Take a MIMO: WLAN ubiquity at last

Vendors charge more for MIMO equipment, but is it worth it? David Braue puts WLAN-on-steroids to the test in a suburban Melbourne home.

Anybody who's used a wireless LAN (WLAN) for even a little while knows there's a big difference between the theoretical maximum speed of the WLAN, and the actual speed you get. Factors such as interference, congestion, transmission power, building materials, and even the weather can all play havoc with WLAN throughput in often unpredictable ways.

Aiming to improve the situation, WLAN vendors now offer both conventional equipment and MIMO (Multiple Input Multiple Output) gear, which combines several antennae to boost signal strength and equipment sensitivity. Vendors say MIMO delivers longer range, faster speeds and better penetration of objects -- but how much of a difference does it really make in practice? We decided to find out.

The test set up
Using our test NEC Versa 4400 notebook PC with various combinations of MIMO (Netgear RangeMax WPN511 PC Card and RangeMAX WPN824 access point) and non-MIMO equipment (Netgear WG511 PC Card and Netgear WGR614 base station), we benchmarked a standard, unencrypted WLAN at different points around a standard-sized suburban Melbourne house. Base stations were connected directly to an Optus cable modem Internet service. Test sites included the back bedroom, where the WLAN access point was installed; the kitchen; the living room; the front bedroom; the front yard; the back yard; and the rear garage. Each location was a different distance from the WLAN base station, and required that the WLAN carrier pass through a different combination of building materials.

At each location, signal strength data was collected from the Netgear software's strength monitor; Windows XP's connection monitor; and Passmark Wirelessmon, which measures signal strength in dB and percentage of optimum. Real-world performance was tested by running three online bandwidth testers (CNET Bandwidth Meter Speed Test, Numion, and PCPitStop), three times each, then averaging the results.

Each set of tests was run four times at each location, allowing for four combinations of MIMO and non-MIMO base station and WLAN card. To simulate real-world activity, we timed the copying of a 6.36MB file from a hardwired network host to the WLAN-connected notebook.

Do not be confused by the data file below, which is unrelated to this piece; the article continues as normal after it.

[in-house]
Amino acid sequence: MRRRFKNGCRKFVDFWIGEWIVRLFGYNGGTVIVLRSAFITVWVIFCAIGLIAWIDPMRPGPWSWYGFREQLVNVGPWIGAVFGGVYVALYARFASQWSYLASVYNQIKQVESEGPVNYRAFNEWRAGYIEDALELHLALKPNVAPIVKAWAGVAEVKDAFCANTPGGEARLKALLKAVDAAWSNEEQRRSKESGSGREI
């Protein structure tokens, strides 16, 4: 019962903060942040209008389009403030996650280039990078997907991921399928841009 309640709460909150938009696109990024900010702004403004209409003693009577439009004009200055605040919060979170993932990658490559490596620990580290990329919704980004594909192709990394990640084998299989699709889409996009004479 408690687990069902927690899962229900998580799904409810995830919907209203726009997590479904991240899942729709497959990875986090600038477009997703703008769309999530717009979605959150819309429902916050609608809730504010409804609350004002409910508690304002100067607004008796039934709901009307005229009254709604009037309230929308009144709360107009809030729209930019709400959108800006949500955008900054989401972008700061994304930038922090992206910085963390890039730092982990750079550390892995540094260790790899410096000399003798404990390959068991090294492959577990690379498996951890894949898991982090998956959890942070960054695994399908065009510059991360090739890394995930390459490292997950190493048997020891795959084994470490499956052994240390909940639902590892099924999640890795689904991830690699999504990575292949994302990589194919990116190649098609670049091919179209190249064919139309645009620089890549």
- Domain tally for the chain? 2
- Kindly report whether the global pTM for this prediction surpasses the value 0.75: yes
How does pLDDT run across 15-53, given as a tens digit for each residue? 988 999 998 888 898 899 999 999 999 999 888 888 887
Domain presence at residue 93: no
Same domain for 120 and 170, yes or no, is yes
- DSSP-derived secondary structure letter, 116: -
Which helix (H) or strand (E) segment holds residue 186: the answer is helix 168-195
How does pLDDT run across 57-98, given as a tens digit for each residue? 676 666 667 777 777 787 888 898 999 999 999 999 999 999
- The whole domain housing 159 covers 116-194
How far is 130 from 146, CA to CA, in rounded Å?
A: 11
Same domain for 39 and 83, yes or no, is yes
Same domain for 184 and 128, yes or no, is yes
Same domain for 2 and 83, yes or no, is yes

The results
While it's easy to dismiss hype, our testing confirmed that MIMO offers a significantly better WLAN signal. In every location, particularly those where walls significantly hampered non-MIMO communication, the introduction of MIMO gear boosted both reported connection speeds and real-world performance - in some cases, dramatically. MIMO gear delivered 54Mbps and 108Mbps connections from every location tested, turning in performance ratings that were consistently double or more the speed of non-MIMO equipment. It wasn't necessary to replace both base station and PC Card to get results: speed also increased even when just the PC Card or base station was upgraded.

Using a MIMO base station and PC Card brought a stable WLAN signal to the brick garage, front bedroom and front yard -- three places where the non-MIMO equipment had struggled to reach. In fact, only one equipment combination -- MIMO base station and PC Card -- was able to penetrate into the spare room inside the brick garage, lighting up that area for the first time ever.

Even your neighbours may benefit from MIMO, whether you want them to or not. Using the MIMO base station and PC Card, we got a usable WLAN signal from six houses up the street -- far short of the claimed 1km range, but much farther than was possible without MIMO.

Click here for a full table of the results for each room.
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